Friday, April 11, 2014

Bad To The Boneyard


I know this has been covered here before, but this is a pretty cool video I just had to post.  Could be a bit sad, but still cool...

"Commonly referred to as the “Boneyard,” the 309th Aerospace Maintenance and Regeneration Group at Davis-Monthan Air Force Base, Ariz., contains about 5,000 retired military aircraft throughout 2,600 acres. Crews at the Boneyard preserve aircraft for possible future use, pull aircraft parts to supply to the field, and perform depot-level maintenance and aircraft regeneration in support of Air Force operations. (U.S. Air Force video/Andrew Arthur Breese)"

Awesome time lapse HD video of the Boneyard in Tucson.




Tail tales.  At least these have another life in them, although as target drones vice fighters. 
If it's not in a museum or on a stick- all the Tomcats are here.

As are the Vikings- possibly awaiting their transformation into Tanker CODs- Link

If the Vipers aren't there yet, they will be soon (assuming the Lightning II ever makes it through development.)

Even the Blues go there.  The Hornets they fly are the oldest in the Fleet so when
they're done with them, nobody else will take 'em except AMARG.
If you haven't been, do what you can to visit.  It can be sort of eerie, sad, but cool at the same time.  Lots of history there.  The Pima Air and Space Museum is nearby and is another chance to see history through 150 aircraft in slightly better condition than the ones across the street, including BUNO 160604- a bird I flew in Japan.  I flew my last flight to Davis-Monthan to drop off Dragonfire 704.  It was a strange day.  The gent that picked us up from the ramp drove us around the boneyard to show us where our bird would join the other Vikings.  He was polite, but I had the feeling that he was polite like a mortician- nice is part of the job, but one that can be a bit morbid to say the least.  Nevertheless, I'd like to go back and find it again someday.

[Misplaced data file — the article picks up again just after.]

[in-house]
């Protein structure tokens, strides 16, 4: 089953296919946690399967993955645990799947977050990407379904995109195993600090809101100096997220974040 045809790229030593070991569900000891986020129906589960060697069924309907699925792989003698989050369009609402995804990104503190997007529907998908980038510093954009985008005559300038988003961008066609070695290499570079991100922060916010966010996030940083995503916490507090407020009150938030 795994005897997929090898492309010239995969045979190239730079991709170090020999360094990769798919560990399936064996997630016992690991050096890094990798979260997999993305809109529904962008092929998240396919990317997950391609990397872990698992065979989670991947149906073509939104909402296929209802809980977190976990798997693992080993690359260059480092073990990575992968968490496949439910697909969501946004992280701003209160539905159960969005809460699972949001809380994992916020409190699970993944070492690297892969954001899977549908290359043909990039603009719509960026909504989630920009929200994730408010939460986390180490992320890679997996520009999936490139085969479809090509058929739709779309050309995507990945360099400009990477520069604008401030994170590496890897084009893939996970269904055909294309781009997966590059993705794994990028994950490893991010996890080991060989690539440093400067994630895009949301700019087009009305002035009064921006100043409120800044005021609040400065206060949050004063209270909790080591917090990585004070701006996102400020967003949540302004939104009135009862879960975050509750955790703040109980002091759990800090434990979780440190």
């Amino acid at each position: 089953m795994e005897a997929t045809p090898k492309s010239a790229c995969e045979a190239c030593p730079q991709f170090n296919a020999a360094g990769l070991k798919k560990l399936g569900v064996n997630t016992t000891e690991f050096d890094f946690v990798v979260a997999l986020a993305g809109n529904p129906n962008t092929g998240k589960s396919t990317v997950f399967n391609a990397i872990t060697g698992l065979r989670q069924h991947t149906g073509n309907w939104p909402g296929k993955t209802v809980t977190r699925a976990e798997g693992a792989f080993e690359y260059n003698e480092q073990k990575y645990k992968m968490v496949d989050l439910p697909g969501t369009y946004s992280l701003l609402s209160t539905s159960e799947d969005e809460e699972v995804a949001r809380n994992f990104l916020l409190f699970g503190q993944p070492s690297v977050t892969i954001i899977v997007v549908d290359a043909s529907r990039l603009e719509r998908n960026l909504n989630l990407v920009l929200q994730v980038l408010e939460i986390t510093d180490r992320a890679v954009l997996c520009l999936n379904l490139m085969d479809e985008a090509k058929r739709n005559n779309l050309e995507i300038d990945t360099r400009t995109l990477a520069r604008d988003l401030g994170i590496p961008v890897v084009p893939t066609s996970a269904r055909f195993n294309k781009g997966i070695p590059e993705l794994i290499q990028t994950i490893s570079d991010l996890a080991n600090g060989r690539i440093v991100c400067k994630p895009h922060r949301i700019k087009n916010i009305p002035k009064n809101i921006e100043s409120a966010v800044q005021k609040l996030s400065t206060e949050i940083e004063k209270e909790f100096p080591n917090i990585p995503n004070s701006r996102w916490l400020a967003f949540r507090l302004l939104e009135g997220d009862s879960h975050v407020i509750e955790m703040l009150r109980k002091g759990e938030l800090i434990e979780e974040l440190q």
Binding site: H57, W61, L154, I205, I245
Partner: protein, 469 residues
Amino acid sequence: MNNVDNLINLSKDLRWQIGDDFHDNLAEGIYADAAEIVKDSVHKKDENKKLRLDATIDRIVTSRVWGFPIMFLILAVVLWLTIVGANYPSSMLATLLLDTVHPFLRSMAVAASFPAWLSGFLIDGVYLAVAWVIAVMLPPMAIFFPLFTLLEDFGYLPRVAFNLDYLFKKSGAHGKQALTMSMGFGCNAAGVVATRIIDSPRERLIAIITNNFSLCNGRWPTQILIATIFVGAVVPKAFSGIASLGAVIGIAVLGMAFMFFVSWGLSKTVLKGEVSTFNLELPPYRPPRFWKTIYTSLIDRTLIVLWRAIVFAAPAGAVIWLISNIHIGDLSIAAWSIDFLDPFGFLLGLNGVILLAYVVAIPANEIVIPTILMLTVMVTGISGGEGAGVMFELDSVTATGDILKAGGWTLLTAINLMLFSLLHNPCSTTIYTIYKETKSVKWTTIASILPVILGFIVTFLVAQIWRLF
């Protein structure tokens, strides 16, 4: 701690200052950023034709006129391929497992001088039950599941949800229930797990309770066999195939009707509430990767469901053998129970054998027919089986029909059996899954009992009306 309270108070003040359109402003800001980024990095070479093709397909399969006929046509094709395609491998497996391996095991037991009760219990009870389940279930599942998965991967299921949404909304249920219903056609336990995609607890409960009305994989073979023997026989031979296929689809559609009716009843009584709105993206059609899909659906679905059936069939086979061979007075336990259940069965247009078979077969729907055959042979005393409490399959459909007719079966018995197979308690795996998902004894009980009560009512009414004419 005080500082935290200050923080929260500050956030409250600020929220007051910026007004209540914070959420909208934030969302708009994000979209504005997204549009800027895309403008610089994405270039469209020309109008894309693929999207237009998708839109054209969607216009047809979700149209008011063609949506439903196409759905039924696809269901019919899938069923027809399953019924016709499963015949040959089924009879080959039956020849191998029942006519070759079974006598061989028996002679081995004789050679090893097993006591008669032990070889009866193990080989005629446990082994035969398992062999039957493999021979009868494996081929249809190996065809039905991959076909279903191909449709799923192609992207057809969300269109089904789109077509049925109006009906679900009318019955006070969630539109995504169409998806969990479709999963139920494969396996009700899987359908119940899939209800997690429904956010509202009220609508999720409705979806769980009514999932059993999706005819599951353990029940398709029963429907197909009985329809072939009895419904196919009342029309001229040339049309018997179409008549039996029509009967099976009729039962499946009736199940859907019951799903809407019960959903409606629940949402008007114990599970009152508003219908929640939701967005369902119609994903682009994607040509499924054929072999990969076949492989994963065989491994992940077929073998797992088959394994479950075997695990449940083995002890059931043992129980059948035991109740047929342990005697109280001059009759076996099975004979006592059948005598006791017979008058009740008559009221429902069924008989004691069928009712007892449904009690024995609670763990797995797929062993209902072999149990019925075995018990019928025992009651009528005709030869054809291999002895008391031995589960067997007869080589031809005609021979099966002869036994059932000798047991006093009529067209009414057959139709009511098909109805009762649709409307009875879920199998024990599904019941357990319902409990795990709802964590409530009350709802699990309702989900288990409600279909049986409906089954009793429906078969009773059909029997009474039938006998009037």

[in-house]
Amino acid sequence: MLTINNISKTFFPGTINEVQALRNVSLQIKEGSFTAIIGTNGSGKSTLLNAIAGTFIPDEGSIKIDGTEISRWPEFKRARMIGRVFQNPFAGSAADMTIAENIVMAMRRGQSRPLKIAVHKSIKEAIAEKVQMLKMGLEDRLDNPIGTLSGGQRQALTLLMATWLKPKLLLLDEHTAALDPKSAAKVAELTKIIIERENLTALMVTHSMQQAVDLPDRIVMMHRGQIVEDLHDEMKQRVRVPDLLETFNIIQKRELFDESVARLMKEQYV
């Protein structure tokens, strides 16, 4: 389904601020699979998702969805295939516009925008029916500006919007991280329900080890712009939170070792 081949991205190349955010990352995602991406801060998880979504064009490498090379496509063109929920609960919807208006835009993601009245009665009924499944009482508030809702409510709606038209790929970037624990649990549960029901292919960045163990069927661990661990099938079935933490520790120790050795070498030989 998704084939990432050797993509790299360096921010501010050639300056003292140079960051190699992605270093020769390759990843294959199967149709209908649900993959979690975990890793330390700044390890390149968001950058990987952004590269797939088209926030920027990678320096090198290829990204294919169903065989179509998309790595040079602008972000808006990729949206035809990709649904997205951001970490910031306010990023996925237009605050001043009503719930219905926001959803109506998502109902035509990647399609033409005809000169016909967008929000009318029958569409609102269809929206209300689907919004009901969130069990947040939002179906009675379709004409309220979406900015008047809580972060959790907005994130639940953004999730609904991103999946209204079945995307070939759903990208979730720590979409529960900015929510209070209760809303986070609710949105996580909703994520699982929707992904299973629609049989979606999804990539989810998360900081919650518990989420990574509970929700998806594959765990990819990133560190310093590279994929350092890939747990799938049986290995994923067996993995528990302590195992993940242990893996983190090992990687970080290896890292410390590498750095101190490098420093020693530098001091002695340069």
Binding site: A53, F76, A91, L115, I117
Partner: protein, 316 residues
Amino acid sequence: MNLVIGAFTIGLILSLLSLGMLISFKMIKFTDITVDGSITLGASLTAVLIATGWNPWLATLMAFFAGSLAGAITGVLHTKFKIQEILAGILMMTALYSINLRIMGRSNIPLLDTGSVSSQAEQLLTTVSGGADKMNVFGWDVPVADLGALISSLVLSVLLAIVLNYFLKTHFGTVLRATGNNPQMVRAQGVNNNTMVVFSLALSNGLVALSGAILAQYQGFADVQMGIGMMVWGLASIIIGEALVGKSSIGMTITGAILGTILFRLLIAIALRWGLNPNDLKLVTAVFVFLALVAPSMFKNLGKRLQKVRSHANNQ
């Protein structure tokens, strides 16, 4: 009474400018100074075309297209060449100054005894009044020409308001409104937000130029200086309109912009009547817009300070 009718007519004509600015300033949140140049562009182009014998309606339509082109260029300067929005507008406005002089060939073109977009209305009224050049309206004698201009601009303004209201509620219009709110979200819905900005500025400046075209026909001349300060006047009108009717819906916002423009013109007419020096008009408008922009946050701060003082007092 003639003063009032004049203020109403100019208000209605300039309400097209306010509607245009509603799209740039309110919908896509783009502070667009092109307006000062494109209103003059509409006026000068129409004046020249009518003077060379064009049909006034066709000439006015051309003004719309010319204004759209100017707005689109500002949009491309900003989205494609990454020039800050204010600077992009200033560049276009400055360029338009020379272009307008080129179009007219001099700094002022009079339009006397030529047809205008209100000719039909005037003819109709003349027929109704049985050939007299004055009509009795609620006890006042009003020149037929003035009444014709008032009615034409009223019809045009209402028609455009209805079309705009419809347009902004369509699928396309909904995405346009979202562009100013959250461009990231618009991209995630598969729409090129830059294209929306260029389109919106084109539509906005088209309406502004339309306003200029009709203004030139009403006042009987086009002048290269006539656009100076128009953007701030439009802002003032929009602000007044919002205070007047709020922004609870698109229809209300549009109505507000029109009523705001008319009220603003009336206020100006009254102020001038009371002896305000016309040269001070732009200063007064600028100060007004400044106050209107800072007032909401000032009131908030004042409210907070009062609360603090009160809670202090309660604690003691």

Note:  The video above was part of a larger documentary on "Today's Air Force."

11 comments:

  1. Got to stroll around there in 1972, it was impressive then...

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  2. I wonder how many millions of dollars, and years of effort in design, development and manufacturing all that represents. A bit sad, but immensely impressive all at the same time.

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  3. I was just reading up on that place yesterday and tentatively planning the trip. And here you come with this post.

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  4. Google Earth has some surprisingly high resolution shots of AMARG. You can spend hours upon hours moving around yer screen there.

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  5. Inevitable but sad nonetheless.

    Good one Tuna.

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    1. Happy to help, especially when my creativity and your sunburned noggin align.

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  6. Most of the F-14's were destroyed to prevent Iran from using bogus companies to purchase parts.http://www.amarcexperience.com/AMARCArticleF14TomcatDisposal.asp. https://www.armscontrol.org/act/2007_03/IranF14. http://www.businessweek.com/stories/2007-06-10/f-14-parts-anyone. http://www.foxnews.com/story/2007/07/02/pentagon-destroying-old-f-14s-to-keep-them-out-enemy-hands/.

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    1. Thanks Marc. I guess that makes sense, but it's a shame to have them go out that way. Although, it's not like these will fly again- they'd just deteriorate out in the sun.

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  7. All of the Skyhawks I worked on were destroyed about the same time. Sad. At least there are still a few examples of both in museums.

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  8. ...like the 4 blue ones hanging in a certain museum in P'cola!

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Just be polite... that's all I ask. (For Buck)